Insurgents fired two rockets Thursday at a Kabul site where more than 2,000 Afghan elders are gathered for a grand council on the future of U.S. military presence in Afghanistan. Both rockets missed their target, but injured one man.
AP - Insurgents fired two rockets Thursday toward a site where more than 2,000 Afghan elders are attending a national assembly to discuss the future of U.S. military presence in Afghanistan, officials said. Both rockets missed their target, but one man was injured.
No one claimed responsibility for firing the rockets, but the Taliban had threatened to disrupt the gathering - called a loya jirga, or grand council.
“Everybody knows that they are trying to hit the jirga, but instead innocent civilians were the victims,” Mohammad Shafi said standing near where one rocket landed with a thud at about 8 a.m. “If the jirga weren’t going on, there would have been no rockets. If the man loses his hand, who will feed his family?”
Security for the four-day jirga is tight. Much of Kabul went into a lockdown mode ahead of the meeting and some foreigners working in Kabul were not allowed to travel around the city. Roads were closed and intelligence agents swarmed the meeting hall on the outskirts of the capital.
At the last such meeting - a “peace jirga” in June 2010 - Taliban fighters wearing suicide vests fired at a tent holding some 1,500 dignitaries, lawmakers and civil society activists. The assault triggered a battle with security forces that killed at least two militants.
President Hamid Karzai, who was delivering a speech at the time, brushed off the interruption and urged fighters to lay down their arms.
Since then, a new hardened structure has been built at the jirga site.
Karzai spoke Wednesday on the opening day of the meeting where the elders are discussing negotiations under way for an U.S.-Afghan agreement to govern the presence of U.S. troops after 2014, when most international forces are to have left or moved into support roles.
Karzai asked the elders to back negotiations for a new security pact, assuring them that he would demand an end to unpopular night raids in which troops swoop down from helicopters and search Afghan homes. He said U.S. troops should be allowed to stay, but that the night raids should end and that the Afghan government, not Americans, should be put in charge of detainees.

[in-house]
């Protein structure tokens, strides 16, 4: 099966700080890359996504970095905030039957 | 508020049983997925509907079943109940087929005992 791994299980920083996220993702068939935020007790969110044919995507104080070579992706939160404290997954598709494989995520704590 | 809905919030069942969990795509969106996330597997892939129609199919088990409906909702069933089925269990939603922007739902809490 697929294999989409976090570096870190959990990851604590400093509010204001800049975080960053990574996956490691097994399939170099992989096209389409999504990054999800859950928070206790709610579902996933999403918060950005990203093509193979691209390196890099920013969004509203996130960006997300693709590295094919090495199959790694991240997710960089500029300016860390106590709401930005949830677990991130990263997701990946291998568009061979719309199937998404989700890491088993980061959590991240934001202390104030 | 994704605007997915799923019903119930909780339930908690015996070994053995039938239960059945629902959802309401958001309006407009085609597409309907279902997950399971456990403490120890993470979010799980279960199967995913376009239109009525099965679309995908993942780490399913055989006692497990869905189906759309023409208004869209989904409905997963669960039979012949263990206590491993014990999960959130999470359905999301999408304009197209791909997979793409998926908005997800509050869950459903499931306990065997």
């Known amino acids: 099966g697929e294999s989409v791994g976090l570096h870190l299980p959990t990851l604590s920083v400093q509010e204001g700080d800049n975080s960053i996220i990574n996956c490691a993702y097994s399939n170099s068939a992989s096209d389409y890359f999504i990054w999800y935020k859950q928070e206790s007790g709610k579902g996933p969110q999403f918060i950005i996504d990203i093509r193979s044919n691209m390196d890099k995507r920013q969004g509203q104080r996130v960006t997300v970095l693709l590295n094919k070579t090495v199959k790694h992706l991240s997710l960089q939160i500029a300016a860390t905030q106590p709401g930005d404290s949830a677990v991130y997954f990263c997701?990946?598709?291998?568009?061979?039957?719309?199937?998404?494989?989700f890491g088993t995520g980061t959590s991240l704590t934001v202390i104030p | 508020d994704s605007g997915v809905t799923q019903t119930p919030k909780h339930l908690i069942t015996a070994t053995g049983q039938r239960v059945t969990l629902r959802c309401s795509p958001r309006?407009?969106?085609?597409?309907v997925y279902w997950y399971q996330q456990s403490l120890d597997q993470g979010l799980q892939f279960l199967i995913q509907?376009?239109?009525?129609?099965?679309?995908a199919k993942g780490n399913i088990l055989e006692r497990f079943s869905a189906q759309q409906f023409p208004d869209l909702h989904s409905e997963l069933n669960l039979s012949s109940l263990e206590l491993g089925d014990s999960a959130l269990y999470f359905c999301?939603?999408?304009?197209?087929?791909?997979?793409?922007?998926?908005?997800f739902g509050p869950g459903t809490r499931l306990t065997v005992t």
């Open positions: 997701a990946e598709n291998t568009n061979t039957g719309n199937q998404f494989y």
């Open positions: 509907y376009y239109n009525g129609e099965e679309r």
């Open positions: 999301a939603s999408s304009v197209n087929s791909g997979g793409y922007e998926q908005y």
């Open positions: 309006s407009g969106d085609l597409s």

Karzai doesn’t need the elders’ permission to broker a pact with the U.S.
He wants their stamp of approval to strengthen his negotiating position.
So far, Karzai’s terms have been unacceptable to American officials. The U.S.-led coalition has given no indication that it is willing to stop the raids, and says the night operations, which are conducted with Afghan security forces, are an effective way to keep pressure on militants.
In Wednesday’s attack, the Afghan Ministry of Interior said the two rockets were fired from an unknown location.
Kabul police criminal director Mohammad Zahir said one person was wounded.
One rocket landed on a hillside about one kilometer from the meeting site.
The other landed farther away in an open area, shattering a few windows in buildings near where merchants were selling vegetables and fruits.
“Me and my four friends were drinking tea and suddenly we heard an explosion,” said Shafi, a 28-year-old taxi driver. “We didn’t know if it was a bomb or a rocket.”
Shafi said he helped a man whose left hand was bleeding find a ride to the hospital.
Separately, the U.S.-led coalition said more than 25 insurgents were killed after they attacked coalition and Afghan troops with guns and rocket-propelled grenades Wednesday in eastern Afghanistan near the Pakistan border. The troops called in NATO aircraft, which killed the insurgents in Nazyan district of Nangarhar province.
Date created : 2011-11-17